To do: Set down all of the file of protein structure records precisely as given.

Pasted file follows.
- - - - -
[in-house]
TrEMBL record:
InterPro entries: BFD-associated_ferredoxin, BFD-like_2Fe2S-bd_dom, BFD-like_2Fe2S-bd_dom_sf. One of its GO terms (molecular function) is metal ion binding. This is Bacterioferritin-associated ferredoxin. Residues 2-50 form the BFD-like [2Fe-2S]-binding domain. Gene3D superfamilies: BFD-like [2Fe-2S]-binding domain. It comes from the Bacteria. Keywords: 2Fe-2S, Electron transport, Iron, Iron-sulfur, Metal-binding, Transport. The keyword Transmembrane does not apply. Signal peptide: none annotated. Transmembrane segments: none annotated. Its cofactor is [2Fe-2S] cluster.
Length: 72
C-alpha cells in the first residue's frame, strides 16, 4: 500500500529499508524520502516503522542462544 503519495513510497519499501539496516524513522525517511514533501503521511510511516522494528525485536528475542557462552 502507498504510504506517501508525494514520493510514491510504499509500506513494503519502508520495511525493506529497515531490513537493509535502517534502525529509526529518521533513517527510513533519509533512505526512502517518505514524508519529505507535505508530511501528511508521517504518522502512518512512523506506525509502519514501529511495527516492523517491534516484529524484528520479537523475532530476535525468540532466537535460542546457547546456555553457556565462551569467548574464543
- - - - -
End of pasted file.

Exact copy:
[in-house]
TrEMBL record:
InterPro entries: BFD-associated_ferredoxin, BFD-like_2Fe2S-bd_dom, BFD-like_2Fe2S-bd_dom_sf. One of its GO terms (molecular function) is metal ion binding. This is Bacterioferritin-associated ferredoxin. Residues 2-50 form the BFD-like [2Fe-2S]-binding domain. Gene3D superfamilies: BFD-like [2Fe-2S]-binding domain. It comes from the Bacteria. Keywords: 2Fe-2S, Electron transport, Iron, Iron-sulfur, Metal-binding, Transport. The keyword Transmembrane does not apply. Signal peptide: none annotated. Transmembrane segments: none annotated. Its cofactor is [2Fe-2S] cluster.
Length: 72
C-alpha cells in the first residue's frame, strides 16, 4: 500500500529499508524520502516503522542462544 503519495513510497519499501539496516524513522525517511514533501503521511510511516522494528525485536528475542557462552 502507498504510504506517501508525494514520493510514491510504499509500506513494503519502508520495511525493506529497515531490513537493509535502517534502525529509526529518521533513517527510513533519509533512505526512502517518505514524508519529505507535505508530511501528511508521517504518522502512518512512523506506525509502519514501529511495527516492523517491534516484529524484528520479537523475532530476535525468540532466537535460542546457547546456555553457556565462551569467548574464543